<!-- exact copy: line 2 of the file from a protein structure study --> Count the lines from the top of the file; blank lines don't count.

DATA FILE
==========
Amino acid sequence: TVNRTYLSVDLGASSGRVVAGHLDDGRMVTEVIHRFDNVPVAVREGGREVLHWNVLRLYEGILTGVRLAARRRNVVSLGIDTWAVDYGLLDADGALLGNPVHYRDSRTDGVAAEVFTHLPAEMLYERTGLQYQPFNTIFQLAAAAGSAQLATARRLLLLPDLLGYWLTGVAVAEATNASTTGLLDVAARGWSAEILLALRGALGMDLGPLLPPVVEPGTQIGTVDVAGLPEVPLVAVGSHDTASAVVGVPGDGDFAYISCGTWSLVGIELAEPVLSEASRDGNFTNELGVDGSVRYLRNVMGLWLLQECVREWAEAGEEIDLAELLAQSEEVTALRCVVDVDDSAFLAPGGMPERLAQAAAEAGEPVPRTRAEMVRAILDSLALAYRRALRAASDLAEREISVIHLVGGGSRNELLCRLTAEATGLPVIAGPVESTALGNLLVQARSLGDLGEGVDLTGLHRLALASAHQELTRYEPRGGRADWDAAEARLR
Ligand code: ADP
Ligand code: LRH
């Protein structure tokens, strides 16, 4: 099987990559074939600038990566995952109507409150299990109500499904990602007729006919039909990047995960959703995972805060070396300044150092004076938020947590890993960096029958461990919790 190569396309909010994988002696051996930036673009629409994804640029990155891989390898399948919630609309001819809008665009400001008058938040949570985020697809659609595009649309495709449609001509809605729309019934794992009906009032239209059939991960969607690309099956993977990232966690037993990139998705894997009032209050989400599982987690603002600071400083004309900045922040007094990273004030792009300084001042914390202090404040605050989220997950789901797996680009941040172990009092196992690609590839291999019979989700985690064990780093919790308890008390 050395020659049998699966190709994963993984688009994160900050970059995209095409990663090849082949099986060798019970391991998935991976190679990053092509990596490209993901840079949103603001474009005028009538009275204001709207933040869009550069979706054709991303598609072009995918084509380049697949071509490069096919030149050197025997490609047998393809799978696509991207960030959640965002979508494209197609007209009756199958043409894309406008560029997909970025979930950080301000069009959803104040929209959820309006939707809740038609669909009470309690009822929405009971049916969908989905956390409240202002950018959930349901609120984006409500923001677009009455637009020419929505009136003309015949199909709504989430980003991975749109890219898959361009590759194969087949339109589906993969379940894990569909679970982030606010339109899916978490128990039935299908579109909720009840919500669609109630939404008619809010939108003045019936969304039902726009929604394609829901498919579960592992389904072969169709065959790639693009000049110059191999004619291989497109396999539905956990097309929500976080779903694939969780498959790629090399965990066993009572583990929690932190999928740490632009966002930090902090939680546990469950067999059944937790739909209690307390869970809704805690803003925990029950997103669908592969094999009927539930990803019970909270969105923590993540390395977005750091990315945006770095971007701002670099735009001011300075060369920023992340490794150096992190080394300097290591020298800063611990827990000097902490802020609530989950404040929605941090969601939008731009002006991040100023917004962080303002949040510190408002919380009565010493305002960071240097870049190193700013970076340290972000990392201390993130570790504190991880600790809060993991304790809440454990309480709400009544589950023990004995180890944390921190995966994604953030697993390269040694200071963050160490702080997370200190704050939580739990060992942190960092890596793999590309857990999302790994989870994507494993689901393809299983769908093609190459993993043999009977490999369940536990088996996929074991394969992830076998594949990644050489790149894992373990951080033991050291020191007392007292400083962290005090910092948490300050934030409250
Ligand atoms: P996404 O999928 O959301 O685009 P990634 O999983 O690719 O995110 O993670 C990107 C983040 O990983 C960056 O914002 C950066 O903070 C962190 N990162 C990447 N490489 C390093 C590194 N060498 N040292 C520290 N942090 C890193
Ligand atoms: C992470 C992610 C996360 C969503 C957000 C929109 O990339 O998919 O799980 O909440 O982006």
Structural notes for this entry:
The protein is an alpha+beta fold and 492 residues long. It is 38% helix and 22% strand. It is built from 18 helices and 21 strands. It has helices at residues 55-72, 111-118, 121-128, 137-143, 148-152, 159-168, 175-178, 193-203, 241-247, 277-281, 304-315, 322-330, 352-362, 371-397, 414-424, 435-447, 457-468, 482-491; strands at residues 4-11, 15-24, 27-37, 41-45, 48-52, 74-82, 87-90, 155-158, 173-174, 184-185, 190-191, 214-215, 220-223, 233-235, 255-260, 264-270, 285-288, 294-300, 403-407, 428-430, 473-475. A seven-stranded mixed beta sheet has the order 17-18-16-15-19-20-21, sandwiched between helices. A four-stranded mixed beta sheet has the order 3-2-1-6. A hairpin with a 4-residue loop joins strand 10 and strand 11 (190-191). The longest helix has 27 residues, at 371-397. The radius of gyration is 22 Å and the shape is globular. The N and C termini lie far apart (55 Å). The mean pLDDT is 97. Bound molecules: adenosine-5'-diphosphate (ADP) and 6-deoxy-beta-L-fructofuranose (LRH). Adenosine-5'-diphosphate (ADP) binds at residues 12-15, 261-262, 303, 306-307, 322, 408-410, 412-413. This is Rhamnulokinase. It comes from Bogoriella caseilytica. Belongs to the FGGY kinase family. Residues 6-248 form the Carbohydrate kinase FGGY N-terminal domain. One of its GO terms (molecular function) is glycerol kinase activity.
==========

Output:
Ligand code: ADP